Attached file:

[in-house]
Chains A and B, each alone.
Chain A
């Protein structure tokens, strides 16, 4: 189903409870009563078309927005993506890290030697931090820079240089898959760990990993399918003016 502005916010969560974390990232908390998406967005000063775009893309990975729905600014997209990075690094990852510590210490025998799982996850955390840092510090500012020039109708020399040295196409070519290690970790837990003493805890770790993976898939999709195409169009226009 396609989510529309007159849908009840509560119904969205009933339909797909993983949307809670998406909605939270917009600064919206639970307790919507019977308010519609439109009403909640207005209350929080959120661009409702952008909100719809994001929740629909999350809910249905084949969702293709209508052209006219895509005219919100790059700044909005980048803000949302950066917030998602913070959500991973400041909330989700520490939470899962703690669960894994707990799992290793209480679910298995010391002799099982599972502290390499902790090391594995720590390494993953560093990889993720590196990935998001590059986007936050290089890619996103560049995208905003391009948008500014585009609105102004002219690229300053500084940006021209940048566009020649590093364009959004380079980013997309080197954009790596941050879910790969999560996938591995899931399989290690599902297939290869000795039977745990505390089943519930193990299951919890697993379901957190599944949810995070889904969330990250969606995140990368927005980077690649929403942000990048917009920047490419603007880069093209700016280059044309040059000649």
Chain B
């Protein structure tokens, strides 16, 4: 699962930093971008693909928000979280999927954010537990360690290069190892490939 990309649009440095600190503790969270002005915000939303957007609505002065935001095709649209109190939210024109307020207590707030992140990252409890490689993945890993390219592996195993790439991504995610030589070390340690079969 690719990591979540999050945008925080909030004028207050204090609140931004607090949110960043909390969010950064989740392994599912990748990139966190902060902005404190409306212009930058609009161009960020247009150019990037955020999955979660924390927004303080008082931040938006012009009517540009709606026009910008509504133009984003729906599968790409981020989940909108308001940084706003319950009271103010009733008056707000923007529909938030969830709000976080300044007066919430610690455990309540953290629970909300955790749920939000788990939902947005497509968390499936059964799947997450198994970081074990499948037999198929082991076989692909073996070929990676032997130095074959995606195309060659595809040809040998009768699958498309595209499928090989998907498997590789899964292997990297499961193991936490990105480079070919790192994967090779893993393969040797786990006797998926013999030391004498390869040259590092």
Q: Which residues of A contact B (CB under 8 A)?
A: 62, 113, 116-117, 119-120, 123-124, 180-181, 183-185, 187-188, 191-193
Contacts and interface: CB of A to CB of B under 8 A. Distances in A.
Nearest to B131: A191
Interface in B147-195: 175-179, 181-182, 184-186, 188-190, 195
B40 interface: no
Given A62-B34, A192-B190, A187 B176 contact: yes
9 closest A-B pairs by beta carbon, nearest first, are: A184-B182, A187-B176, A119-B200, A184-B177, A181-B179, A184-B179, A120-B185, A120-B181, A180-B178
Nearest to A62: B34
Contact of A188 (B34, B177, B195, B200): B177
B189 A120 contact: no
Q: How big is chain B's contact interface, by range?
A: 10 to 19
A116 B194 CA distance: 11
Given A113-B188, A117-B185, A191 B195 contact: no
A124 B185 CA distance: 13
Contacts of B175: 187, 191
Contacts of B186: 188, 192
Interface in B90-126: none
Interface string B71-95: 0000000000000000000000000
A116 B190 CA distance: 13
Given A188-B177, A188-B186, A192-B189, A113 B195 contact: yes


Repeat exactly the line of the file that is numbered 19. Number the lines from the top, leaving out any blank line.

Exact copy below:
A: 10 to 19